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Park Young Shim

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Park Young Shim was born in 1921 in Nampo, in the northern part of Korea. She recalled that she was often lonely because her mother died in childbirth. When Young Shim was 17, she went to visit her grandma. There, a Japanese man kidnapped Young Shim and her friend.  In the spring of 1939,  the two girls joined 15 Korean girls who arrived at the “Ginsuyiru Comfort Station” in Nanjing, China.  When Young Shim entered the station, there were rows of 2-meter by 2-meter rooms with only a bed. Young Shim was assigned a Japanese name and given the 19th bed on the second floor.


In the morning, Japanese soldiers flooded into the rooms. Young Shim was forced to ‘service’ an estimated 30 men a day and if she resisted in the slightest, she was taken to an attic, stripped naked, and whipped. She said, “On one day, I was in so much pain that I refused an officer’s request. Then he proceeded to punch and kick me and then took out a long knife and threatened me as if he was about to kill me. Then he began to rape me and told me to see how the Imperial army felt like.” On another day, when Young Shim resisted, a soldier cut a 5cm deep line in her stomach. 


After three years in the “Ginsuyiru Comfort Station,” Young Shim was taken to another “comfort station” in Yangoon, Burma. Out of the seven Korean girls there, only four survived. After two years in Yangoon, she was once again transported to the border between Burma and China. When she overheard Japanese soldiers saying that they were burning the flag, Young Shim realized that the war was over and decided to run away with the remaining Korean girls. In September 1944, allied forces took a photo with four Comfort Women.  Young Shim was later identified as the pregnant girl clutching her stomach on the right.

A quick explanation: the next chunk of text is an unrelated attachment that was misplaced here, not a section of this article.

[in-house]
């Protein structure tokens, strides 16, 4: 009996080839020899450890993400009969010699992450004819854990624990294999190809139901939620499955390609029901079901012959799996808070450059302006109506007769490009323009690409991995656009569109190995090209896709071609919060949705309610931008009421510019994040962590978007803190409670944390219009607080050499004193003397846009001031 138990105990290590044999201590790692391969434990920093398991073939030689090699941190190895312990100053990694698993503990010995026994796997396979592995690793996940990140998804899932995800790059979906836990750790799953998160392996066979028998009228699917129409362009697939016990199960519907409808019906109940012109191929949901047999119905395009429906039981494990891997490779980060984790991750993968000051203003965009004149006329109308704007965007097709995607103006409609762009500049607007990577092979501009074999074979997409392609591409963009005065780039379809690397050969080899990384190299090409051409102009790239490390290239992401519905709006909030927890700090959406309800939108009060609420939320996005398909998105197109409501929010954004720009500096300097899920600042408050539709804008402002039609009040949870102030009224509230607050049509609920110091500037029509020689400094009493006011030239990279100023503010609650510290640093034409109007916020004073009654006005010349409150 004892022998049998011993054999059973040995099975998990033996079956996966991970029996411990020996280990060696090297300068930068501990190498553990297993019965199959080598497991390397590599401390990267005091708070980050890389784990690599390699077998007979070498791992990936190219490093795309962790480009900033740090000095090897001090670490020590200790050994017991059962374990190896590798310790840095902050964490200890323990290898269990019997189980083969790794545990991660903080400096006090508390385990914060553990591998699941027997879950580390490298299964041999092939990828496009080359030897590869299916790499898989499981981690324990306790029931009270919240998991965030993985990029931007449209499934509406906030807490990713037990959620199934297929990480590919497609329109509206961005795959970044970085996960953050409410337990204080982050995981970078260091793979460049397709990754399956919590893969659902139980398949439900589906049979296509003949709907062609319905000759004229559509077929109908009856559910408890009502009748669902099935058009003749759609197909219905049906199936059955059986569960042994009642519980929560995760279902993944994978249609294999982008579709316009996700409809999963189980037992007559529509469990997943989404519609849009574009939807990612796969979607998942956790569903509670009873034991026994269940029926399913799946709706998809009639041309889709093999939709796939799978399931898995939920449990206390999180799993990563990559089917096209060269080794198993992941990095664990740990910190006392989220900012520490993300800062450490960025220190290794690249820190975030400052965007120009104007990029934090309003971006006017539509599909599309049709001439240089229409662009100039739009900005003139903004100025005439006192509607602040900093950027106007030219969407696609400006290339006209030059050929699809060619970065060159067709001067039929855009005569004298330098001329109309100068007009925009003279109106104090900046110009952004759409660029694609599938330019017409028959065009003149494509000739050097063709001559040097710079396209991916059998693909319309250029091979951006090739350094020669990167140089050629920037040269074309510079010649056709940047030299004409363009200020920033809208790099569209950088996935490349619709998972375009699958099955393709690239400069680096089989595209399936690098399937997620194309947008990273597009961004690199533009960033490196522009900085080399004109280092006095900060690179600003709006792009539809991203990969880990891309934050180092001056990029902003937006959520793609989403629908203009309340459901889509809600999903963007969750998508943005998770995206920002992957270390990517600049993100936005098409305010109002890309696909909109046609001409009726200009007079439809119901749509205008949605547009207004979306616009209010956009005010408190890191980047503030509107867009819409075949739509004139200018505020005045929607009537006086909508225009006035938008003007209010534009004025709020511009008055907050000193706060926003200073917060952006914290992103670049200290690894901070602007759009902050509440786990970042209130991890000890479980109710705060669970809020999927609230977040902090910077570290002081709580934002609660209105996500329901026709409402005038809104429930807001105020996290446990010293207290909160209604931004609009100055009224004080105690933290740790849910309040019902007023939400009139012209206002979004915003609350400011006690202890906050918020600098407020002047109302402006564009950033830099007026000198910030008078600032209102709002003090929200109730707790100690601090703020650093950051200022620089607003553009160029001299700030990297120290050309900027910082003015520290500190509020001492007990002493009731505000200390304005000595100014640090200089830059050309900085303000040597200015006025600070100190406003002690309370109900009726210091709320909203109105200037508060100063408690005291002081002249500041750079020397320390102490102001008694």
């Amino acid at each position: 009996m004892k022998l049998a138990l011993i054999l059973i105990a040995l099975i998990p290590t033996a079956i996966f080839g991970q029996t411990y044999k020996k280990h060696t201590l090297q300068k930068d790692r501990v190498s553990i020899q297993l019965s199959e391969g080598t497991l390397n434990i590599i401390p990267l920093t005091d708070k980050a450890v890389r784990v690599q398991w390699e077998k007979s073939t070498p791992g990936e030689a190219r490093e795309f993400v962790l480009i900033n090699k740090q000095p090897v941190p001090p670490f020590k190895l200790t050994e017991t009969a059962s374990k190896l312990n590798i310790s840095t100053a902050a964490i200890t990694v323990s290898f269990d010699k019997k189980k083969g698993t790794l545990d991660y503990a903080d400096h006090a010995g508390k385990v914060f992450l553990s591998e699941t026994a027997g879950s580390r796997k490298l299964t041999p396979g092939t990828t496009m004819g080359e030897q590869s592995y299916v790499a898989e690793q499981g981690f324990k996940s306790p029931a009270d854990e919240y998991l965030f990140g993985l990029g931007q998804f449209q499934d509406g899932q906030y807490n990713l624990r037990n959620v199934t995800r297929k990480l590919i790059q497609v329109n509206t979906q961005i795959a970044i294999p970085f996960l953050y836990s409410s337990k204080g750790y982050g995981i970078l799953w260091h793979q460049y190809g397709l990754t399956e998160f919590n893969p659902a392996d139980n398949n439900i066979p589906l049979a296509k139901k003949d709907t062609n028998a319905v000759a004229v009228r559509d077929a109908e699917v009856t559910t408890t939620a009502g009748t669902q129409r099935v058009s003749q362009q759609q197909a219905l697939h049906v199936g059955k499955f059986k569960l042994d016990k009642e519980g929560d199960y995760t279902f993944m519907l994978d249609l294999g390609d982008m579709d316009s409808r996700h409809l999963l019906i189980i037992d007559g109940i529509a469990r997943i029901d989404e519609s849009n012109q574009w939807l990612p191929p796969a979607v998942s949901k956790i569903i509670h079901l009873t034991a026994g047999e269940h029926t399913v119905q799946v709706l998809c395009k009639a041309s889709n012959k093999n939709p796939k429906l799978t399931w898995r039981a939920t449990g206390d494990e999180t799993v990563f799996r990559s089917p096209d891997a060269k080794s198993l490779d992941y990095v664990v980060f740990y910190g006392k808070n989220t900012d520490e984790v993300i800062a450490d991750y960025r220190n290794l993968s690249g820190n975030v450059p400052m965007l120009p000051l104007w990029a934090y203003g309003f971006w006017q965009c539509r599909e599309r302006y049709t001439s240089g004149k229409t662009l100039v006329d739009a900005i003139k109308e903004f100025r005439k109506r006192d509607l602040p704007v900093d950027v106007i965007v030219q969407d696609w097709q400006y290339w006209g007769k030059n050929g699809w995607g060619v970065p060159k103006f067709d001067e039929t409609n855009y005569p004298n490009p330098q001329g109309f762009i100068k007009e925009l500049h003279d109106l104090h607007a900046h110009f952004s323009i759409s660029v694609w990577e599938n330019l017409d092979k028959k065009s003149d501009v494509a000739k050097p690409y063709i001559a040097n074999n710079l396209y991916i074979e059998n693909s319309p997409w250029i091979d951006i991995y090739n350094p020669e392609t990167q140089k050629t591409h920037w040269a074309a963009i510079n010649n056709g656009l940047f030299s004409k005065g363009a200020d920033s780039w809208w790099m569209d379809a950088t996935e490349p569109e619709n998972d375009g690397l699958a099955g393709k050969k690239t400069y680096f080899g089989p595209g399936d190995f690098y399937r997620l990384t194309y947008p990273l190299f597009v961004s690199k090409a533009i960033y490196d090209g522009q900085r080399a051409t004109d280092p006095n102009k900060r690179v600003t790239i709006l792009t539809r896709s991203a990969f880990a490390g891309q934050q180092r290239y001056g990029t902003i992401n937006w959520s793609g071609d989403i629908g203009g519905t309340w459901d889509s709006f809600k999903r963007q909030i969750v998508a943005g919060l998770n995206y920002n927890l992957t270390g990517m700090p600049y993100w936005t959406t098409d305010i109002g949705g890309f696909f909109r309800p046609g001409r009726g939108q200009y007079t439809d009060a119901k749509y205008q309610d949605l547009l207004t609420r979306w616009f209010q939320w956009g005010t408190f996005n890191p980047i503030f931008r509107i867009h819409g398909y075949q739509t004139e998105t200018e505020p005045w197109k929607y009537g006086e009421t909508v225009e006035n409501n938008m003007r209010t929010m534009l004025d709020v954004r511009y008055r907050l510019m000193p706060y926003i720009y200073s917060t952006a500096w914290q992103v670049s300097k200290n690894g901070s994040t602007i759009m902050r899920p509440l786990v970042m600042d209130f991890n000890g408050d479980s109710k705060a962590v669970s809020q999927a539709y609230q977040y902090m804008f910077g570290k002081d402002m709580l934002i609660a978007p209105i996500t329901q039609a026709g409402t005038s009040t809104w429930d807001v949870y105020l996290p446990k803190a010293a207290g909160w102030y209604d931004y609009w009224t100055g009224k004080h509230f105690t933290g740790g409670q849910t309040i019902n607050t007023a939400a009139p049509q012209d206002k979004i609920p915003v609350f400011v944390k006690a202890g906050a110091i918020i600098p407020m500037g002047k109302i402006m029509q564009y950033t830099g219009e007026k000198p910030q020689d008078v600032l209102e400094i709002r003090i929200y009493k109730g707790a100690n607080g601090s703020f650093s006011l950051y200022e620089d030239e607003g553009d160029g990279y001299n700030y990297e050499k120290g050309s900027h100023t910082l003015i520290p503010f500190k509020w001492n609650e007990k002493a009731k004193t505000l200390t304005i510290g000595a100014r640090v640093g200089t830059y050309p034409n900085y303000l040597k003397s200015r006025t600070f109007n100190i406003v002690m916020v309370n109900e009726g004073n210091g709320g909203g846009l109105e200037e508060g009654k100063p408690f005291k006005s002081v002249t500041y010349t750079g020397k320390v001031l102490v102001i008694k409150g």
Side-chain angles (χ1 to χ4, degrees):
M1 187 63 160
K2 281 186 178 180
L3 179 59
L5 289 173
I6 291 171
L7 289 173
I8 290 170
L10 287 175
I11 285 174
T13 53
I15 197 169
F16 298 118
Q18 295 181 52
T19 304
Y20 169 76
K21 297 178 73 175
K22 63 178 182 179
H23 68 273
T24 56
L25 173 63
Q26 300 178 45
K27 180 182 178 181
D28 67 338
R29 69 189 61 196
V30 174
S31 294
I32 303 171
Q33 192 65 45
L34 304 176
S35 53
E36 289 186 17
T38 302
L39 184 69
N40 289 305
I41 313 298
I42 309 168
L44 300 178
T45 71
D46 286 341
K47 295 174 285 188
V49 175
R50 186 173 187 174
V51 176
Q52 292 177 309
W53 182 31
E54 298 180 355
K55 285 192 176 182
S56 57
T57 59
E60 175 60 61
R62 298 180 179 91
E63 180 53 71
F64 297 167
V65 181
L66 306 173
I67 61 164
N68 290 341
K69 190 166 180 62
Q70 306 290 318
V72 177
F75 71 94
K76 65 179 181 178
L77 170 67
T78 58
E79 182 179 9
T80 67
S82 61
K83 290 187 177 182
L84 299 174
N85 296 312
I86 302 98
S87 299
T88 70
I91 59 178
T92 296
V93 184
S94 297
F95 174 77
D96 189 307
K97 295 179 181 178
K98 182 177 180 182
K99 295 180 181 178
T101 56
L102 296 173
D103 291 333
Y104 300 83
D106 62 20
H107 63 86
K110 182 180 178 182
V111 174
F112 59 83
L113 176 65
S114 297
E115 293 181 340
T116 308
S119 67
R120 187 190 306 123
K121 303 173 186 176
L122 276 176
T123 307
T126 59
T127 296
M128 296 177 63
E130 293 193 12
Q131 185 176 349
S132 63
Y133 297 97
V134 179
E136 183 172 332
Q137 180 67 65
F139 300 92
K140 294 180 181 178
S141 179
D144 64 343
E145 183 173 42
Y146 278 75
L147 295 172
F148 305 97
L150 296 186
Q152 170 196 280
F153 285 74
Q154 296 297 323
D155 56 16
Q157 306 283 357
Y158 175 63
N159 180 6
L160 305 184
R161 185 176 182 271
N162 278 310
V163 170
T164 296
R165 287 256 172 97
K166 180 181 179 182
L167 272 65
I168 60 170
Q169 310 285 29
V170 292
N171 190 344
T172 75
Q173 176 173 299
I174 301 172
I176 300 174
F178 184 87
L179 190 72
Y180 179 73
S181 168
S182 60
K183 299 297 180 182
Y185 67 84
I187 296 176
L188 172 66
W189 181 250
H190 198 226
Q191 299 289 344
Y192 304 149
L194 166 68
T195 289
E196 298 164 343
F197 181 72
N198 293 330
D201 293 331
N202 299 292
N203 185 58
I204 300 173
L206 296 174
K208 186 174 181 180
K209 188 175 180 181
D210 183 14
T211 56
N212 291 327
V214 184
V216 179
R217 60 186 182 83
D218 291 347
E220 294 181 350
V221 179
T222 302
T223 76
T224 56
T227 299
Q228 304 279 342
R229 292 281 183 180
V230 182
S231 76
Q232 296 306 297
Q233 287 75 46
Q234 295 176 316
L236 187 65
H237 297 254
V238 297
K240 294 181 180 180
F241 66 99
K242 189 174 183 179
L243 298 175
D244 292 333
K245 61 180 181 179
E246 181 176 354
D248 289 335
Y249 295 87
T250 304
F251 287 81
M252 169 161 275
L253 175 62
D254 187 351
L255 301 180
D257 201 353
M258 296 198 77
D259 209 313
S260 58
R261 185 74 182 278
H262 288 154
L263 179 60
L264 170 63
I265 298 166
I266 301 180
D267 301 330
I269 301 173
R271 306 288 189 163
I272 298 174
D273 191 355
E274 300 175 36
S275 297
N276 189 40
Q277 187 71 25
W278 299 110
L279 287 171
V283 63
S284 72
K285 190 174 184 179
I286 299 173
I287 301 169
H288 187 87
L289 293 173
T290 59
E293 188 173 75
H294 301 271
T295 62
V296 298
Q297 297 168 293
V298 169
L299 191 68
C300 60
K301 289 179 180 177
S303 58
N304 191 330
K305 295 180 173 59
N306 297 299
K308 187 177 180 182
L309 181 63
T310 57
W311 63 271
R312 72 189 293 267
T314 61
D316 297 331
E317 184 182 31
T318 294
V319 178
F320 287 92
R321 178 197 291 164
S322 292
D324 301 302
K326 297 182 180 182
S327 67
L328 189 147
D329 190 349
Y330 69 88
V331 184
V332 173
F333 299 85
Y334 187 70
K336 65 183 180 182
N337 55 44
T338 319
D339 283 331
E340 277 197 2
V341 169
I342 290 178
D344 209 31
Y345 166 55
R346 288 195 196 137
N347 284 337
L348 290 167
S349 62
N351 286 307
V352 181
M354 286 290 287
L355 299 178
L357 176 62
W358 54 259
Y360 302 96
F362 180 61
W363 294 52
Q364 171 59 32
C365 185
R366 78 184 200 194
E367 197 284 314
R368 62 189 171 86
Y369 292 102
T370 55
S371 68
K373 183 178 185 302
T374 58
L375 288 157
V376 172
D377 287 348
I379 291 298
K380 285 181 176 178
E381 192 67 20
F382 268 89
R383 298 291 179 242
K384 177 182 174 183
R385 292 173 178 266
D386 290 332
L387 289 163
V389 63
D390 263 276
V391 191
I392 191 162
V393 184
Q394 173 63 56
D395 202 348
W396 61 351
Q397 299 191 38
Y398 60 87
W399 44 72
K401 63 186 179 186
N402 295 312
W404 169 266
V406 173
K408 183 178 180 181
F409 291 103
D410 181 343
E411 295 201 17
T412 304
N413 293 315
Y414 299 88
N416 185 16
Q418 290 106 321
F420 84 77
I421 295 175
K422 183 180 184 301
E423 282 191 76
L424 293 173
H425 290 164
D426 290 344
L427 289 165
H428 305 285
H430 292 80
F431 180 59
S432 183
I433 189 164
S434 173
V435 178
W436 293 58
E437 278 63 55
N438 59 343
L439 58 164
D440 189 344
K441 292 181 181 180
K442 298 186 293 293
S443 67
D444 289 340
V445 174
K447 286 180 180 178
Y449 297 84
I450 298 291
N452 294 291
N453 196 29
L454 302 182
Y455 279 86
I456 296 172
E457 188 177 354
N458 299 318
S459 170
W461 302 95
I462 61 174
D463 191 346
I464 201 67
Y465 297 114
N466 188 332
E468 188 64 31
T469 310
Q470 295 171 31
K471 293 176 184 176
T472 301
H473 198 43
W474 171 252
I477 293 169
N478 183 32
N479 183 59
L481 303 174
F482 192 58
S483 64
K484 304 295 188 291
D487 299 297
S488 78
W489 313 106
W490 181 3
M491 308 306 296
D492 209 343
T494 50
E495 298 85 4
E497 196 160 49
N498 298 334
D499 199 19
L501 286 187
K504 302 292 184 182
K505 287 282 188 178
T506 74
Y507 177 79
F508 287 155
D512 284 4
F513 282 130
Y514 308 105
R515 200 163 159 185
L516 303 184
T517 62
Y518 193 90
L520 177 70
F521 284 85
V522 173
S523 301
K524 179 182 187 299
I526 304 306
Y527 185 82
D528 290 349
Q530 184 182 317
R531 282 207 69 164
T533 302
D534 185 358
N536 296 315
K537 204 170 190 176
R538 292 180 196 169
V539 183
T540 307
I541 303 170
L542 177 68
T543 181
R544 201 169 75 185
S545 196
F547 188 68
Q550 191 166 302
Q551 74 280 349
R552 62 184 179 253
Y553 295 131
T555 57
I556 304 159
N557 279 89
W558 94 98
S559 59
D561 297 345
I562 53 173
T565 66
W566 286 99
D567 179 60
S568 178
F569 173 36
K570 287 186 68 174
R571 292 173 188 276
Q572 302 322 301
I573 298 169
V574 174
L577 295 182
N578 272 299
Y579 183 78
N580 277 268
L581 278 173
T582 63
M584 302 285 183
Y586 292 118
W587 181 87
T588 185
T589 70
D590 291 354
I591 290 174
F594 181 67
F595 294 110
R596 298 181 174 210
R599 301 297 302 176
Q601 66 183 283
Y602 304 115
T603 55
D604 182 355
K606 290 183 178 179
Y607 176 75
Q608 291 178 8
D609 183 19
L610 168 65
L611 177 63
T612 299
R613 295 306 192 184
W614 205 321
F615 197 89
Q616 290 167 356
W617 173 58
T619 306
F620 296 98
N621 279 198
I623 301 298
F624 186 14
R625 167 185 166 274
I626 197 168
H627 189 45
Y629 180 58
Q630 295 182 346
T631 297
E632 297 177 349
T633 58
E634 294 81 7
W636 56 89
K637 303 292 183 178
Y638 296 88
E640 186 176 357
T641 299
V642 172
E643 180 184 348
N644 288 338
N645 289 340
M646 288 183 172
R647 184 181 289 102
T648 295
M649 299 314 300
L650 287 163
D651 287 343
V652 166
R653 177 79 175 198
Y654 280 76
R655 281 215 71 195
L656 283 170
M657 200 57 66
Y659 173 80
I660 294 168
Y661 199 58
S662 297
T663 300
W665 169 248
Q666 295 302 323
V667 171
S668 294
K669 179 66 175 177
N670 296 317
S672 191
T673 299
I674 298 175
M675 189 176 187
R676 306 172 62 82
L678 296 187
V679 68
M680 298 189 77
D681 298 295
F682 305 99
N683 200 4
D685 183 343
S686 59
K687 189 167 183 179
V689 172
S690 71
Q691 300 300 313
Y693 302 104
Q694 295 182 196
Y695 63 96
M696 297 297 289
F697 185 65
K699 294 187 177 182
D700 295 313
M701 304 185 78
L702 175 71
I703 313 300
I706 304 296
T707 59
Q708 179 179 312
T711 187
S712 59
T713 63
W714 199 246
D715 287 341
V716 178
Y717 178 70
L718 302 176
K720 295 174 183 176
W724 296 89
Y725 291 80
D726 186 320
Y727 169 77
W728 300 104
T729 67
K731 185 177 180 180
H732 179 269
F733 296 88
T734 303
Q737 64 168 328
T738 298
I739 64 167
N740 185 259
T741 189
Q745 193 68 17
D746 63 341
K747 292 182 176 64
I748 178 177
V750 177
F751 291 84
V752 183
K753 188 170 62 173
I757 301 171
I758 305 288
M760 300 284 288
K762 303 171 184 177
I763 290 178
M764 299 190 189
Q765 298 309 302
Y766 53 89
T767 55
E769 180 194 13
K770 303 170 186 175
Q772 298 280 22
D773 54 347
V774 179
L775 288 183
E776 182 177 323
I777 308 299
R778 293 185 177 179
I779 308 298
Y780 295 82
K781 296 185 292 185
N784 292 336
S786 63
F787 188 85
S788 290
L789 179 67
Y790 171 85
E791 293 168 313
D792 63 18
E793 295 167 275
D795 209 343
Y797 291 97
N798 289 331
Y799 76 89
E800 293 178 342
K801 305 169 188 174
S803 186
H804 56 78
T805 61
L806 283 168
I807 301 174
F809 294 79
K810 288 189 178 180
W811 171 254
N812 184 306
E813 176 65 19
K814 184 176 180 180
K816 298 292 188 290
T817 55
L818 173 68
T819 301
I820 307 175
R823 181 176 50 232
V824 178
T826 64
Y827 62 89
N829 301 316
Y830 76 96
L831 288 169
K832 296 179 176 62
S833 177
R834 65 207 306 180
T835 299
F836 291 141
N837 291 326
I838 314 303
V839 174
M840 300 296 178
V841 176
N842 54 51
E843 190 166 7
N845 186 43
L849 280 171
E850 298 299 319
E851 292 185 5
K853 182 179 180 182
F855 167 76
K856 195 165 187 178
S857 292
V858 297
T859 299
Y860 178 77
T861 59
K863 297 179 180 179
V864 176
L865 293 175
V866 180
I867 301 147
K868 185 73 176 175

After a total of eight years in Comfort Stations, Young Shim returned home in 1946. She lived a hard life, suffering from the aftermath of the torture in the stations. She had to get her womb cut out and suffered from frequent nervous breakdowns.  In 1993, Young Shim publicly testified on her experience. Young Shim traveled to Tokyo to testify in the Tokyo Tribunal in 2000 but when she saw a shower gown that looked like the kimono (a traditional Japanese dress) she saw in the “comfort station,” she had a breakdown and was unable to speak. In 2003, she returned to Nanjing, China, to see the site of a “comfort station” she had suffered in. There she cried for hours. Young Shim passed away on August 7, 2006.



Photo of Comfort Women in Songshan, China, 3 Sept 1944. The girl clutching her stomach on the right is Park Young Shim.

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